Continual evolution of type 2 diabetes: an update on pathophysiology and emerging treatment options
Chicago College of Pharmacy, Midwestern University, Downers Grove, IL, USA
Abstract: Diabetes is a complex and progressive disease that has a major societal and economic impact. The most common form of diabetes, type 2 diabetes mellitus (T2DM), is a multifactorial disease, the pathophysiology of which involves not only the pancreas but also the liver, skeletal muscle, adipose tissue, gastrointestinal tract, brain, and kidney. Novel therapies with mechanisms of action that are different from most existing drugs are emerging. One such class consists of compounds that inhibit renal sodium-glucose cotransporter 2, which is responsible for the bulk of glucose reabsorption by the kidneys. This new class of compounds improves glycemic control independently of insulin and promotes weight reduction, providing an additional tool to treat patients with T2DM. This review discusses the underlying pathophysiology of T2DM, clinical guidelines, and available and emerging treatment options, with particular emphasis on sodium-glucose cotransporter 2 inhibitors.
Keywords: diabetes, hyperglycemia, oral antidiabetic therapies, pharmacotherapy, sodium-glucose cotransporter 2
Diabetes is a complex and potentially debilitating disease that affects an estimated 8.3% of the adult population or 382 million people worldwide.1 The region with the highest number of adults with diabetes, ie, 138 million, is the Western Pacific, which includes the People’s Republic of China.1 It is estimated that 29.1 million people in the USA (9.3% of the population) have diabetes.2 If current trends continue, it is estimated that 592 million people worldwide will have diabetes by 2035.1
Diabetes care has a major economic impact in both developed and developing countries. Estimated global health care costs to treat and prevent diabetes were at least $548 billion in 2011.1 In the USA, the total cost of diabetes was estimated to be $245 billion in 20122 and may exceed $500 billion by 2025.3
Type 2 diabetes mellitus (T2DM) accounts for 90%–95% of new cases of diabetes.2 T2DM pathophysiology involves at least seven organs and tissues, including the pancreas, liver, skeletal muscle, adipose tissue, brain, gastrointestinal tract, and kidney (Figure 1).4 Reduced sensitivity to insulin (ie, impaired insulin-mediated glucose disposal or insulin resistance) in liver, muscle, and adipose tissue, and a progressive decline in pancreatic β-cell function leading to impaired insulin secretion, eventually result in hyperglycemia, the hallmark feature of T2DM. The purpose of this review is to discuss the underlying pathophysiology of T2DM, clinical treatment guidelines, and available and emerging treatment options, with emphasis on the newest class of antihyperglycemic drugs, the sodium-glucose cotransporter 2 (SGLT2) inhibitors.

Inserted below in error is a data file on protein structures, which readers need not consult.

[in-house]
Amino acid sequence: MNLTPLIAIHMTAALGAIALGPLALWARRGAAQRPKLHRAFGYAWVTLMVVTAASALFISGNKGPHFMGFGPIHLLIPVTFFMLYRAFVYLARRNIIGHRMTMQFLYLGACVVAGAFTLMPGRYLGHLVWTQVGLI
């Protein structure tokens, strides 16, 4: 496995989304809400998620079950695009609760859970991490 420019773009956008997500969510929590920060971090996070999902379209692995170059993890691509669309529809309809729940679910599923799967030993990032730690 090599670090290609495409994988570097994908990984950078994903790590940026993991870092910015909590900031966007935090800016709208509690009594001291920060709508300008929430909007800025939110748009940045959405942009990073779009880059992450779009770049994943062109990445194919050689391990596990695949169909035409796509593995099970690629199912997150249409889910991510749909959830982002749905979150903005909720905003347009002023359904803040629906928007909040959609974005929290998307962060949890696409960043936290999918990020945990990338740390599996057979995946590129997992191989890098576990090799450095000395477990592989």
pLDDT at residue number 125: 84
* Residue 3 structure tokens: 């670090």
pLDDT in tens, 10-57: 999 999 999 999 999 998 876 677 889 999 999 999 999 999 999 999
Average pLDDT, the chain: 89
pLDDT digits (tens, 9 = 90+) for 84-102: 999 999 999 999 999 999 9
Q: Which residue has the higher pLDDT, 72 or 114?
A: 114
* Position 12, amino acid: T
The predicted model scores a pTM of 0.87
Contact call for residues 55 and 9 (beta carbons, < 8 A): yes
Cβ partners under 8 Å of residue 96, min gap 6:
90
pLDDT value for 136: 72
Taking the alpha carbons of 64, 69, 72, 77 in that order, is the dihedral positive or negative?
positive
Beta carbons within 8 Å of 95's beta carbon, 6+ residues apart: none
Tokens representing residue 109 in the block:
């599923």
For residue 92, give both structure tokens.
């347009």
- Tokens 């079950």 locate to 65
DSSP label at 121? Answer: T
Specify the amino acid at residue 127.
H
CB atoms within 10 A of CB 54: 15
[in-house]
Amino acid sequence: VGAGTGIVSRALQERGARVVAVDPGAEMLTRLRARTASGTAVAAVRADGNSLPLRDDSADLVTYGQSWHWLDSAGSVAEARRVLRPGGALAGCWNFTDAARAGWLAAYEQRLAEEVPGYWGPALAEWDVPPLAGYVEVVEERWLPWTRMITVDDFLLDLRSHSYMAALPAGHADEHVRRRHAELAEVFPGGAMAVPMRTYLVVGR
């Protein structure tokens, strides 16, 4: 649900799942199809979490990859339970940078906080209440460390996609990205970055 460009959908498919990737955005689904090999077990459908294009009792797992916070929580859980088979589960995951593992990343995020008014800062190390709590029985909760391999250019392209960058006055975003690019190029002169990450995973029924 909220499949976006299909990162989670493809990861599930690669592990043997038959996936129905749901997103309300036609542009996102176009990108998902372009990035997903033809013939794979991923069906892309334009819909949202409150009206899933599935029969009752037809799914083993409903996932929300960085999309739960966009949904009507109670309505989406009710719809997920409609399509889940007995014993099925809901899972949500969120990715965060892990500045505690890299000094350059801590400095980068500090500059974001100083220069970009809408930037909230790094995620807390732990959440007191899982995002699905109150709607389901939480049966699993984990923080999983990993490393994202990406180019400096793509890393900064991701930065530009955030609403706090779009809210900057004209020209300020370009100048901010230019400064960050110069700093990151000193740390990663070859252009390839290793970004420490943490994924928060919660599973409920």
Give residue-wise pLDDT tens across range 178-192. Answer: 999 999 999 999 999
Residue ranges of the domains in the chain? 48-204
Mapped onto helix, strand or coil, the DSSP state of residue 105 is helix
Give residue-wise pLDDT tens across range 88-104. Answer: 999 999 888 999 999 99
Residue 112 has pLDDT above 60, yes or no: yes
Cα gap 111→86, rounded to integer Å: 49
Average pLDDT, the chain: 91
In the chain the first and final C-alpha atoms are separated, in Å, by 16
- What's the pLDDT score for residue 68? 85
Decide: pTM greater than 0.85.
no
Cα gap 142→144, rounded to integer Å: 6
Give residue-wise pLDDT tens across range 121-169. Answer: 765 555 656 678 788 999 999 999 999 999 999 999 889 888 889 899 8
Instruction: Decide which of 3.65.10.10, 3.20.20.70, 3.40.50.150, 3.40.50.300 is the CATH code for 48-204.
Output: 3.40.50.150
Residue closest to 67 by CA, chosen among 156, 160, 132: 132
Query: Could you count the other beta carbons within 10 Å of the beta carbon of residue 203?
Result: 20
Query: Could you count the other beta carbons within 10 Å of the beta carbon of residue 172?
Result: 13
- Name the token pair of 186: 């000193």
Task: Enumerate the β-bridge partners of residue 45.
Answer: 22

Figure 1 Multiorgan and tissue pathophysiology of type 2 diabetes.
Impairment of insulin action and of β-cell function occurs very early in the development of T2DM.5 Insulin resistance can be detected in individuals with normal glucose tolerance who are at higher risk for development of T2DM 10–20 years before the disease is diagnosed.6 Further, individuals who are transitioning from impaired glucose tolerance to T2DM may have already lost up to 80% of their β-cell function.4 Mechanisms thought to play a role in the decline of β-cell function include the following:
The clustering of T2DM in families has long been recognized.7 A number of genes associated with insulin and β-cell dysfunction have been identified in patients with T2DM, including genetic variants associated with pancreatic development and insulin storage and secretion.8 With insulin resistance comes an increased need for biosynthesis and release of insulin. It has been proposed that a genetic polymorphism in patients predisposed to T2DM results in failure of the β cell to adapt to the increased demand for insulin.9
Diet and exercise
Obesity and physical inactivity are major factors in the increased prevalence of T2DM worldwide11 and are associated with insulin resistance.4 Diets high in rapidly absorbable carbohydrates result in elevated insulin and blood glucose levels,11 and the deposition of fat in liver and muscle increases insulin resistance in these tissues.4 These factors increase the demand for insulin, and in the long term may lead to progressive β-cell failure.4,11
Chronic exposure to elevated glucose concentrations impairs β-cell function and insulin secretion. The mechanisms involved in glucotoxicity remain to be elucidated but likely involve impairment of insulin gene expression, chronic oxidative stress, and apoptosis.12
Elevated plasma concentrations of free fatty acids (FFAs) impair insulin secretion in patients at risk for development of T2DM.13,14 Elevated FFAs in β-cells lead to increased oxidative stress and apoptosis.15
The liver is the main organ responsible for glucose production.16 Hepatic glucose production and release into the circulation comes from both gluconeogenesis and glycogenolysis.16,17 In patients with T2DM, the liver overproduces glucose because it becomes resistant to the suppressive effects of insulin.4 Other factors, such as lack of suppression of postprandial glucagon secretion from pancreatic α cells in patients with T2DM,18 increased circulating glucagon, and increased sensitivity of the liver to glucagon, also contribute to increased hepatic glucose production.4
Insulin-stimulated transport of glucose into skeletal muscle is the primary mechanism for the disposal of an exogenous glucose load.19 The major transporter involved in the uptake of glucose into skeletal muscle, glucose transporter 4 (GLUT4),19 is also expressed in adipocytes and cardiac muscle and is responsible for insulin-stimulated glucose uptake into these tissues.20 Insulin and exercise acutely stimulate the translocation of GLUT4 to the membrane of muscle cells, resulting in increased glucose uptake.19,20 In patients with T2DM, skeletal muscle is resistant to the actions of insulin because of defects in insulin signaling and often a low level of physical activity.21 This leads to a decrease in glucose uptake that contributes to the development of hyperglycemia.